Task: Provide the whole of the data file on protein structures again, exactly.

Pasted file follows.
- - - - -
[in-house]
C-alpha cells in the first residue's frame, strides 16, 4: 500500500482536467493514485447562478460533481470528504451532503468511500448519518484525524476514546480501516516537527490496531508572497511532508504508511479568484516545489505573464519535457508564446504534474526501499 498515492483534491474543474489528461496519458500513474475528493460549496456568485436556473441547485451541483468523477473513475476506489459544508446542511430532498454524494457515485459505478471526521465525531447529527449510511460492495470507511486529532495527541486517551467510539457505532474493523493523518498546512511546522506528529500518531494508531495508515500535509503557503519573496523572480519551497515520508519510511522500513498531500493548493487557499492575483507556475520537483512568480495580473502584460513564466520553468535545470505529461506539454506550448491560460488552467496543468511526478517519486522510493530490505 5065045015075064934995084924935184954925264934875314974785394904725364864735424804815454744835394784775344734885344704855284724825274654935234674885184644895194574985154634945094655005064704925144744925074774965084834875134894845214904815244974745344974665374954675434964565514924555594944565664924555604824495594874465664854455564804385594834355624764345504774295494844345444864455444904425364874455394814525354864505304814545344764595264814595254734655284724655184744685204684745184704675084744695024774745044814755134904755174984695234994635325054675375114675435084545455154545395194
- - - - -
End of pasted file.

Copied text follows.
[in-house]
C-alpha cells in the first residue's frame, strides 16, 4: 500500500482536467493514485447562478460533481470528504451532503468511500448519518484525524476514546480501516516537527490496531508572497511532508504508511479568484516545489505573464519535457508564446504534474526501499 498515492483534491474543474489528461496519458500513474475528493460549496456568485436556473441547485451541483468523477473513475476506489459544508446542511430532498454524494457515485459505478471526521465525531447529527449510511460492495470507511486529532495527541486517551467510539457505532474493523493523518498546512511546522506528529500518531494508531495508515500535509503557503519573496523572480519551497515520508519510511522500513498531500493548493487557499492575483507556475520537483512568480495580473502584460513564466520553468535545470505529461506539454506550448491560460488552467496543468511526478517519486522510493530490505 5065045015075064934995084924935184954925264934875314974785394904725364864735424804815454744835394784775344734885344704855284724825274654935234674885184644895194574985154634945094655005064704925144744925074774965084834875134894845214904815244974745344974665374954675434964565514924555594944565664924555604824495594874465664854455564804385594834355624764345504774295494844345444864455444904425364874455394814525354864505304814545344764595264814595254734655284724655184744685204684745184704675084744695024774745044814755134904755174984695234994635325054675375114675435084545455154545395194